Until today.

Until she met his replacement. His young replacement.

Just what she needed, another kid to babysit. Well, okay, he wasn't a kid and his silver-gray eyes weren't those of a youngster.

Kate shook the thoughts away. The last thing she wanted to do was screw up her already complicated life by hankering after her boss.

Monday was going to be very interesting.


Jake Harris entered the doctor's lounge just off the ER glad to find it empty. He poured a cup of coffee and sat on the dark brown couch facing the flat screen TV. Three kids who needed stitches, one broken arm, and a case of swimmer's ear had kept him busy since he'd met his new employee.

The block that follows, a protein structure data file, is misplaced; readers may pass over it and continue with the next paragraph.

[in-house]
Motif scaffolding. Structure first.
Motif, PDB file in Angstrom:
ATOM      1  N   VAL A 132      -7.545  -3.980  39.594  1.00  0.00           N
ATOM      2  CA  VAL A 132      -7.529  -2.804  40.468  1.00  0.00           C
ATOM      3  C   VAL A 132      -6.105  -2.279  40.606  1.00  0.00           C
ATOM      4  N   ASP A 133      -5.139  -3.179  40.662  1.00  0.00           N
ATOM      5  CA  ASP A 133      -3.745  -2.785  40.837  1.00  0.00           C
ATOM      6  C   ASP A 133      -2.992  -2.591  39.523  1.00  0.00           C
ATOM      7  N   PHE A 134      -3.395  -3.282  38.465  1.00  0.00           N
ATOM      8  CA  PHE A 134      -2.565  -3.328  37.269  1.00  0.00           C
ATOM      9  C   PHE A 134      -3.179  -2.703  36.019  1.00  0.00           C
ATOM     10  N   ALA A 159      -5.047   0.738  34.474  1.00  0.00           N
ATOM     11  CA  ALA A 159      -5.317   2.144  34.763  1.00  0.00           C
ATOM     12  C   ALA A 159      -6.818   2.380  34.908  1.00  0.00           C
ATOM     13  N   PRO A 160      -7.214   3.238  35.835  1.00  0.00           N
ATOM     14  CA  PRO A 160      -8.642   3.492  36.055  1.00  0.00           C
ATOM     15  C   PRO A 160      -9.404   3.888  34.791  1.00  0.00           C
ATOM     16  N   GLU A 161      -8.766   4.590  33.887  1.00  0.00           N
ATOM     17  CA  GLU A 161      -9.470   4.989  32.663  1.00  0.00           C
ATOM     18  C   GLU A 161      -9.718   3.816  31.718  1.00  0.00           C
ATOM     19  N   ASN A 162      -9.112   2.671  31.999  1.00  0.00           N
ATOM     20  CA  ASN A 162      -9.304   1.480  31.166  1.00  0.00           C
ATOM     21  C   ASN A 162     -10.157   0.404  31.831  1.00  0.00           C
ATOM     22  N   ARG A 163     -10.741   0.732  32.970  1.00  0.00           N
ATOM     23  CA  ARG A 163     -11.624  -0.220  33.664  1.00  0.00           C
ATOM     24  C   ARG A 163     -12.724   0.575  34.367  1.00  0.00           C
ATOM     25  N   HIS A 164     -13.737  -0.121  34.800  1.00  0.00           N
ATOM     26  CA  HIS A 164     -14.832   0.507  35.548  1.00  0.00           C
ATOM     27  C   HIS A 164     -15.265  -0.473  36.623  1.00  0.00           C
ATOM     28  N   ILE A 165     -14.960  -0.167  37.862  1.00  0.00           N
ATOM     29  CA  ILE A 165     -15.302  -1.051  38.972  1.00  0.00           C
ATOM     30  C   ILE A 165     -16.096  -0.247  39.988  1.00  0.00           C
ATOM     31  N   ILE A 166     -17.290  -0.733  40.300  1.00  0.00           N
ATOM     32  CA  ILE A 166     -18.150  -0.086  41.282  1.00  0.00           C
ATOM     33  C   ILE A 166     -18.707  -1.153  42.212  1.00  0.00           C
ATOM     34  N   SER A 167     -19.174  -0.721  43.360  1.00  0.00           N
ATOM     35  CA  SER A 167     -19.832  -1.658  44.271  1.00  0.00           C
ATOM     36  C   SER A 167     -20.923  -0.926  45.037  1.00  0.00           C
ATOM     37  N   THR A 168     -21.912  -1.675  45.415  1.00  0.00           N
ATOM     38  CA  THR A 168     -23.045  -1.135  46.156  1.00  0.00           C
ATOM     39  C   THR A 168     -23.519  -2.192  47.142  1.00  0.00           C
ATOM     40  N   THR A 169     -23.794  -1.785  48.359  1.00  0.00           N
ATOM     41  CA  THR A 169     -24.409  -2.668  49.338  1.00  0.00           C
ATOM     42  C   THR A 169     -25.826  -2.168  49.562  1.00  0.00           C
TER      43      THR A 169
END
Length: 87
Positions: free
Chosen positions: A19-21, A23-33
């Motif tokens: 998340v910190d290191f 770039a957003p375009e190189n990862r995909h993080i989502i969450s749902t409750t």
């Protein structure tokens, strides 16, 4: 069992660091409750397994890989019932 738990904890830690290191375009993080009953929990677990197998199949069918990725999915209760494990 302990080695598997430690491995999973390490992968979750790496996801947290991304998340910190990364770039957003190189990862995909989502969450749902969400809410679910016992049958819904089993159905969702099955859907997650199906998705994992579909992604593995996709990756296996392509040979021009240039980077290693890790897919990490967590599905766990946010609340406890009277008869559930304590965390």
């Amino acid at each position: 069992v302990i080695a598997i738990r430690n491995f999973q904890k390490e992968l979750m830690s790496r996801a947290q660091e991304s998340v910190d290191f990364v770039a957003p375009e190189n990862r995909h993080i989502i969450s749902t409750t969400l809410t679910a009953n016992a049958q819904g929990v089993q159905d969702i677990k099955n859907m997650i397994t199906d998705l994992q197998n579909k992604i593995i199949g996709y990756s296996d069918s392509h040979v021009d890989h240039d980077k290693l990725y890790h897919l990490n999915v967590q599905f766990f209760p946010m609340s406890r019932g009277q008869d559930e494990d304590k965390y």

Too busy to ponder Kate Henderson.

"Oh boy, are you in trouble, dude," he said to the empty room.

He'd almost dropped to his knees when he realized the gorgeous, sexy woman was his head nurse. Instant attraction. Instant erection. That hadn't happened since high school.

When he arrived at the striking Victorian house that held his offices a week ago, lovely, middle-aged women surrounded him. He assumed Kate Henderson would be similar.

Boy, was he wrong.


Excerpted from "Crazy Little Thing Called Matchmaking"
by .
Copyright © 2018 Maggie Van Well.
Excerpted by permission of The Wild Rose Press, Inc..
All rights reserved. No part of this excerpt may be reproduced or reprinted without permission in writing from the publisher.
Excerpts are provided by Dial-A-Book Inc. solely for the personal use of visitors to this web site.

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Crazy Little Thing Called Matchmaking 5 out of 5 based on 0 ratings. 2 reviews.
JerseyGirlBookReviews More than 1 year ago